Mary Kirchoff's "The Allegory of the Pary" is a bit of humorous fiction intended to broach the subject of "problem players," by which she means those whose actions "impair a role playing game, both in the playing atmosphere they create, and how far the party or campaign progresses." Re-reading this article now is a bit of serendipity, given my musings about so-called murderhobos yesterday. Articles like this are a reminder that I've been very fortunate over the years in playing with friends who've (broadly) been on the same page as I with regards to what I want out of roleplaying. If Kirchoff's fiction is any indication, not everyone is so lucky.

"Getting Started" by Mike Carr is another Dawn Patrol article, this time presenting some very basic thoughts on how to introduce players to the game. I wish I could say there was any deep wisdom here that I haven't read many times before, but I cannot. That's no knock against the article; it's simply evidence that I've been at this a long time. "Dispel Confusion" once again answers questions about the D&D, AD&D, Boot Hill, Dawn Patrol, Gamma World, Gangbusters, Star Frontiers, and Top Secret games. As is often the case, none of the questions is worthy of extended comment. However, I do find it interesting that, in response to a D&D question, Frank Mentzer reiterates that D&D and AD&D are "different game[s]," adding emphatically "Don't mix the two!" 

Mentzer's "Notes for the Dungeon Master" continues the discussion of deities begun last issue. As before, his concern is dealing with reports of high-level player characters slaying gods and demigods, something he deems not only impossible but also unwise within the context of the campaign. Part II of Mentzer's "Mapping from Square One" is, I have to admit, rather tedious. He goes on at length, presenting a wide variety of corridor types, how they differ from another, and how they should be described. Here's the accompanying illustration:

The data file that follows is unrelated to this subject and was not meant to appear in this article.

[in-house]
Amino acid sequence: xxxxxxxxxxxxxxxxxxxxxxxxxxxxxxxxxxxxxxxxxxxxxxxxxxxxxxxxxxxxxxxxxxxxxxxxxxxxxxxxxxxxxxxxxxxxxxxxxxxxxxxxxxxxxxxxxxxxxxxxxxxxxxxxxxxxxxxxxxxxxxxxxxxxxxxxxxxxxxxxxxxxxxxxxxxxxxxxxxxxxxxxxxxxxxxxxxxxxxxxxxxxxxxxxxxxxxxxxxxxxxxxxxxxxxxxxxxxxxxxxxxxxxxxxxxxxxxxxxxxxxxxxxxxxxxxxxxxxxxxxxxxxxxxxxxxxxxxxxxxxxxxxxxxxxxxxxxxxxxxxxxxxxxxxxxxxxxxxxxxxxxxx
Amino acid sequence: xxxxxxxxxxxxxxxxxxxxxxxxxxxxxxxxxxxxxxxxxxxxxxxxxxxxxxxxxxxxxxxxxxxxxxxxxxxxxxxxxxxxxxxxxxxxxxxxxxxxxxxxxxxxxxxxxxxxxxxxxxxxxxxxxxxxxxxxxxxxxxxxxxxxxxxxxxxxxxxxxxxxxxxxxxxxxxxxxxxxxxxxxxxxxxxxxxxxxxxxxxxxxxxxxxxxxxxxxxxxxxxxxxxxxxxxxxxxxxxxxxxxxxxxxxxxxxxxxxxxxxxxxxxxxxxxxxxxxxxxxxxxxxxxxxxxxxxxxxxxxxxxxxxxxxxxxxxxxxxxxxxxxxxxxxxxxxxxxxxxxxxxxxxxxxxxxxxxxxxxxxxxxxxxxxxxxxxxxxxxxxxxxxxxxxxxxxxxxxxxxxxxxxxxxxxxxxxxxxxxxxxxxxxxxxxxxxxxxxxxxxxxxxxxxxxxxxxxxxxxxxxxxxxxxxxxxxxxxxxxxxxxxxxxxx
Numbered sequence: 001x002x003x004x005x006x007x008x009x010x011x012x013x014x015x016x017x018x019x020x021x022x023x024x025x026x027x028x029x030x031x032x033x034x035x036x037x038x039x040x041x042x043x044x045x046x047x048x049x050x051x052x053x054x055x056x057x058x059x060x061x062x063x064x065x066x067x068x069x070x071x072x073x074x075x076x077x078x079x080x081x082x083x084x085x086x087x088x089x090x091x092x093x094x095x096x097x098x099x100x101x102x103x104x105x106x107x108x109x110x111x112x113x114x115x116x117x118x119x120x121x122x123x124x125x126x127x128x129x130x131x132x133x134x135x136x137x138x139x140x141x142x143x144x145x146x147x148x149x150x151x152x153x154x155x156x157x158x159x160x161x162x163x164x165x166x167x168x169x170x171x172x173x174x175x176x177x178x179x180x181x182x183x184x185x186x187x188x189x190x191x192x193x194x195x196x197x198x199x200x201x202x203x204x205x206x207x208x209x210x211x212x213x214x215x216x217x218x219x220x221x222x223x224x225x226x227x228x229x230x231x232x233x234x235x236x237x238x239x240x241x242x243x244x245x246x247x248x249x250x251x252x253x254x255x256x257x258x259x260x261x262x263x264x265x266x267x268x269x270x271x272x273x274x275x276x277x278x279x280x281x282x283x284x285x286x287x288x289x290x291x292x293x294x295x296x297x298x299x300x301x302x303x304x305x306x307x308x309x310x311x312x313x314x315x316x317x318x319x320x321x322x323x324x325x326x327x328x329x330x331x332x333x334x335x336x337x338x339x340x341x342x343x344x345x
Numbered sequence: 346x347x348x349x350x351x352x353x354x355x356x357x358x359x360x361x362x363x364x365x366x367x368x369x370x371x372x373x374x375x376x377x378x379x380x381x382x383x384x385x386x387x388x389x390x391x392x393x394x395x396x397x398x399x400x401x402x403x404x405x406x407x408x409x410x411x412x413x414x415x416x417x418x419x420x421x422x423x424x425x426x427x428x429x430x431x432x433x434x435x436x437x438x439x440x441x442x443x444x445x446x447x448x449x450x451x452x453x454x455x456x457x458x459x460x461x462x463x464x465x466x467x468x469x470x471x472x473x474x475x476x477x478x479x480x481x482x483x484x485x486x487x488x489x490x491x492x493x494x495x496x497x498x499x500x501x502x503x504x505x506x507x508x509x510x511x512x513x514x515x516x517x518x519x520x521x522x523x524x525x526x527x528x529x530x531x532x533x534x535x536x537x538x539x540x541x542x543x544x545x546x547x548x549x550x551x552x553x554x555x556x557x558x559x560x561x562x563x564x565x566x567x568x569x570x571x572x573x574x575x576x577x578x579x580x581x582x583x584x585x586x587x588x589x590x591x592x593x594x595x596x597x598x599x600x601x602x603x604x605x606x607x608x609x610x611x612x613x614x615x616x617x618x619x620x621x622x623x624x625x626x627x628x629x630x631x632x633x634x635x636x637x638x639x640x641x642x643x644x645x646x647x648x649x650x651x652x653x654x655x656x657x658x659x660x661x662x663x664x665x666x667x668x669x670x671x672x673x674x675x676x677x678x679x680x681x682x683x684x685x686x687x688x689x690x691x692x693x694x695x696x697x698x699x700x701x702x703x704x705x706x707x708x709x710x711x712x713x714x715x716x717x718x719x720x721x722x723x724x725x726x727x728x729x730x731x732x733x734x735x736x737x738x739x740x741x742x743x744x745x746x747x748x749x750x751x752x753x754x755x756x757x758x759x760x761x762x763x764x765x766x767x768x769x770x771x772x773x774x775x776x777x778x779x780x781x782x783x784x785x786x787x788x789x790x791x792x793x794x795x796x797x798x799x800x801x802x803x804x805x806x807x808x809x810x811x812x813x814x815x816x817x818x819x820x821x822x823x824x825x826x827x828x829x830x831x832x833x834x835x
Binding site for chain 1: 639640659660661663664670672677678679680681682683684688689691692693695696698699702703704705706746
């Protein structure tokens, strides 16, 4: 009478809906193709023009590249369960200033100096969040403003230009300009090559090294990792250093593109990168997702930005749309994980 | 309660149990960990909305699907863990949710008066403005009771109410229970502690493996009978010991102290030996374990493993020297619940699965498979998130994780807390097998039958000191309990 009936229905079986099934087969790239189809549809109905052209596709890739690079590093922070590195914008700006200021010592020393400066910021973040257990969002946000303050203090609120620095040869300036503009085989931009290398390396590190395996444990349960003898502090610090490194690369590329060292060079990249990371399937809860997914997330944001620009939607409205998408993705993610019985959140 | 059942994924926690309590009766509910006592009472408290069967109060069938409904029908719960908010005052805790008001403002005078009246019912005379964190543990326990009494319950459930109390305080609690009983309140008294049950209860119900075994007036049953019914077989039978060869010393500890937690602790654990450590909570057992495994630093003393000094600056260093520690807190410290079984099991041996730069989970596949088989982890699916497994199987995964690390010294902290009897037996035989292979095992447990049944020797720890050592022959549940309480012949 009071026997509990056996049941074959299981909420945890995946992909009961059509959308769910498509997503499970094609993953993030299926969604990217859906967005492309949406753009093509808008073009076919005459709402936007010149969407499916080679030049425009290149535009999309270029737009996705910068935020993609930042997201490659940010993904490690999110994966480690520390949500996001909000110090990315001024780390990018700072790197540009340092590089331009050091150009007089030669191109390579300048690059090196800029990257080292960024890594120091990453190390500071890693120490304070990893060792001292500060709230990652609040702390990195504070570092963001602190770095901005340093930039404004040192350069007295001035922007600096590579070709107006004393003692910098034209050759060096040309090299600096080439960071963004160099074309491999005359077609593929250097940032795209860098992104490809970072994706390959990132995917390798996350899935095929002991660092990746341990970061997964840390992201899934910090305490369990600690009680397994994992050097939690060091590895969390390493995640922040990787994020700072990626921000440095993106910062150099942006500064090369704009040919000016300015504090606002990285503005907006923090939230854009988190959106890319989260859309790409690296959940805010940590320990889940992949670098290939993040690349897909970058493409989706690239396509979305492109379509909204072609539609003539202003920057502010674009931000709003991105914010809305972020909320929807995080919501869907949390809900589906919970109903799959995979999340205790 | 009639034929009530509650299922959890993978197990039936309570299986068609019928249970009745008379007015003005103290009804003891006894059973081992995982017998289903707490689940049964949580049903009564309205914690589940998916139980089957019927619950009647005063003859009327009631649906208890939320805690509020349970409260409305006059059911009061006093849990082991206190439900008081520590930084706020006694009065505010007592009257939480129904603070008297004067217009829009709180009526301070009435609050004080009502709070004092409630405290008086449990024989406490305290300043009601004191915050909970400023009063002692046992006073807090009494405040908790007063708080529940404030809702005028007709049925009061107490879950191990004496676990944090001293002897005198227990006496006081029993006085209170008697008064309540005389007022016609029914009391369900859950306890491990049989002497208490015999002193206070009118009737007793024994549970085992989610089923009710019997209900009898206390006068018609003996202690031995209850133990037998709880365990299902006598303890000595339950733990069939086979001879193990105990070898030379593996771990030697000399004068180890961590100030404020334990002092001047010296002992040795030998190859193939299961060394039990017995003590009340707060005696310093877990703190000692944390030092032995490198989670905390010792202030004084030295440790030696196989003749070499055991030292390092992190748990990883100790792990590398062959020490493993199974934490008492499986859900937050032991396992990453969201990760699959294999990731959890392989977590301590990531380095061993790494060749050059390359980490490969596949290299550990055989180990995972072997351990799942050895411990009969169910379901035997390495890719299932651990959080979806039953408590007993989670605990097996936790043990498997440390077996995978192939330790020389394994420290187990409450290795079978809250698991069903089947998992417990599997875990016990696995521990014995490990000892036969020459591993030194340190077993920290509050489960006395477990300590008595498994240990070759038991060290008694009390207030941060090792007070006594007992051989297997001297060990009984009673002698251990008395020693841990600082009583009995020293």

As I said about Part I of this series, I appreciate what Mentzer is trying to do here. My main concern is that, in his effort to cover all the bases, he may be undermining its utility to its intended audience of neophyte cartographers.

James M. Ward's "Under Construction" presents a new locale for Gamma World: a crashed shuttle from an orbital research station now overgrown with alien fungus. It's a fun little mini-dungeon concept and I must admit I've repurposed versions of it in various games I've run over the years. Frank Mentzer's "Spelling Bee" tackles druid spells and their overlooked uses. 

"Escalation and Blackmail" is a very strange, two-page article by Gary Gygax. In it, he addresses two related concerns about the play of AD&D. The first concerns the first part of the title, namely characters who achieve high level too quickly and/or easily. Gygax claims that it should be uncommon for characters in a properly refereed AD&D campaign to reach 20th level. By "properly refereed," he means following all the game's rules as written and adjudicated by "superior DM's" (his words). The second concern related to players who coerce and bully their DM to give them what they want without regard for either the rules or the health of the campaign. As I said, it's a very peculiar article. Gygax suggests at the start of the article that he's addressing problems brought to his attention about behavior in the RPGA. Since I never participated in any RPGA activities, I can't say how widespread they might have been. Was it really bad enough to warrant this sort of pontifical denunciation?